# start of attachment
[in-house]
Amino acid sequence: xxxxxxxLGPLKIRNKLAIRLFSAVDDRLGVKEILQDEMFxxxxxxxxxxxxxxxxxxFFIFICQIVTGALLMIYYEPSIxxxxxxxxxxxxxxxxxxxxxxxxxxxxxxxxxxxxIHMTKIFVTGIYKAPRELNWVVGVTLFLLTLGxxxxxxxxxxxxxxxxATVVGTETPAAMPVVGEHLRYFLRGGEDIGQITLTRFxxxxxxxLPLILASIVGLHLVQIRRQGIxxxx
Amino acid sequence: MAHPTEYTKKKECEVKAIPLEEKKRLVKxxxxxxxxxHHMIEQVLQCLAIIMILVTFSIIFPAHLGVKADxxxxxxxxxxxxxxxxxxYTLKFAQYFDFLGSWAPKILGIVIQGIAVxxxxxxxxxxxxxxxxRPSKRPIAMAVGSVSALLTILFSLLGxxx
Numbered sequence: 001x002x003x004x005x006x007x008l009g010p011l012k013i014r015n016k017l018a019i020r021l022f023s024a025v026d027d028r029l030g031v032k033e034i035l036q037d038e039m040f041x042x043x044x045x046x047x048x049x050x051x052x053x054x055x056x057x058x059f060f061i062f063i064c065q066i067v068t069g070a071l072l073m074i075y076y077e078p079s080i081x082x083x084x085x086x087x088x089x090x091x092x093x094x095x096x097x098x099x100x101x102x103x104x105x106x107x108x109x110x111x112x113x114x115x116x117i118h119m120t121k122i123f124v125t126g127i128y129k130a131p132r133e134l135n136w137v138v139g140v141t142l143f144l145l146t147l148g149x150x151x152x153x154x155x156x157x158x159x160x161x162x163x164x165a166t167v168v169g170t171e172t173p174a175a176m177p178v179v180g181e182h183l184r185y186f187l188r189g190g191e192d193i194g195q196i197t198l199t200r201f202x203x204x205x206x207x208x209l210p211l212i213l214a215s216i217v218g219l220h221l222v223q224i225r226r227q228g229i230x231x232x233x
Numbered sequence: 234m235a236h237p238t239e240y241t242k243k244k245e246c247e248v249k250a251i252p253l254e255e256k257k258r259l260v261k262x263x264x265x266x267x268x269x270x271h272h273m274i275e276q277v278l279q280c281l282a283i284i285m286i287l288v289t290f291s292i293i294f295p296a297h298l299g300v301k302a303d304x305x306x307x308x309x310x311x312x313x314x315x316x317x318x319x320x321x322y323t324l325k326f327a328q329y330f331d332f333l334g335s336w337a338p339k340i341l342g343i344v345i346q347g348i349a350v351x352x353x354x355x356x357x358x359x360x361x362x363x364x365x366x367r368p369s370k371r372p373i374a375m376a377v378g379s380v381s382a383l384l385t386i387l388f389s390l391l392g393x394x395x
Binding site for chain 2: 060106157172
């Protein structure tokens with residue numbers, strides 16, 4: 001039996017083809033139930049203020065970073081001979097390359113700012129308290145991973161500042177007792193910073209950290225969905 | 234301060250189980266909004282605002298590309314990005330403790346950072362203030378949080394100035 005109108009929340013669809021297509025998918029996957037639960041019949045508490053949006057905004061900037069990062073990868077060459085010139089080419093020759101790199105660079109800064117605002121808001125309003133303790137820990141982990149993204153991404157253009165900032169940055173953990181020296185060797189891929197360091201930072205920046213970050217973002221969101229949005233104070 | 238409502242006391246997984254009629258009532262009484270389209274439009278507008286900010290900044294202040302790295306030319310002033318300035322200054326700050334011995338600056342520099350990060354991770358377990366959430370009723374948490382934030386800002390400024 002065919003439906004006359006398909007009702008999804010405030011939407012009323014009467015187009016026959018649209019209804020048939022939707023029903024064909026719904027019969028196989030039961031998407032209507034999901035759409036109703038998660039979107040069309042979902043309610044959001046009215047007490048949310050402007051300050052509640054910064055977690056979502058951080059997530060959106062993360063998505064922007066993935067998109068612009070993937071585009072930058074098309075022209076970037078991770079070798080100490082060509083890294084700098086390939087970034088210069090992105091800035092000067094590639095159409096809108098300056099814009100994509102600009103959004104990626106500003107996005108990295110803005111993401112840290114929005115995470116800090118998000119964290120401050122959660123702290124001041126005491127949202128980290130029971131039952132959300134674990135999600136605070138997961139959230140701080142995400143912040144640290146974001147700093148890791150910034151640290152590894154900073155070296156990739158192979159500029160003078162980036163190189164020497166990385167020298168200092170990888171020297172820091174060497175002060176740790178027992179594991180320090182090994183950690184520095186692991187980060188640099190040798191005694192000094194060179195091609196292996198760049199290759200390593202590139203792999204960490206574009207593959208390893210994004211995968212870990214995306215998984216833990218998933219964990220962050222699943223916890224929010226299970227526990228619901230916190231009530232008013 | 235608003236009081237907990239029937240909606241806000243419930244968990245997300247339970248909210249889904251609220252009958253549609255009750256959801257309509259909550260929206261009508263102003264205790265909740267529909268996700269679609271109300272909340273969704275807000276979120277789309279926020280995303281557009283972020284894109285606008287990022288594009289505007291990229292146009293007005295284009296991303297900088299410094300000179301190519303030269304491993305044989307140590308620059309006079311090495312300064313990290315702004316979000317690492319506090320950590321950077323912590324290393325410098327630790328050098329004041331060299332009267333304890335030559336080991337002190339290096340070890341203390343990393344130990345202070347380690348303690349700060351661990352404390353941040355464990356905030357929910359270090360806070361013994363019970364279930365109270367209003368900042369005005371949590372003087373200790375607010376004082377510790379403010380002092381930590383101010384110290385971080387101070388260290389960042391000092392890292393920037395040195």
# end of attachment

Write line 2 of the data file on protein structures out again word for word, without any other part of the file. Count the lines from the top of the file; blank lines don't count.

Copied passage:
Amino acid sequence: xxxxxxxLGPLKIRNKLAIRLFSAVDDRLGVKEILQDEMFxxxxxxxxxxxxxxxxxxFFIFICQIVTGALLMIYYEPSIxxxxxxxxxxxxxxxxxxxxxxxxxxxxxxxxxxxxIHMTKIFVTGIYKAPRELNWVVGVTLFLLTLGxxxxxxxxxxxxxxxxATVVGTETPAAMPVVGEHLRYFLRGGEDIGQITLTRFxxxxxxxLPLILASIVGLHLVQIRRQGIxxxx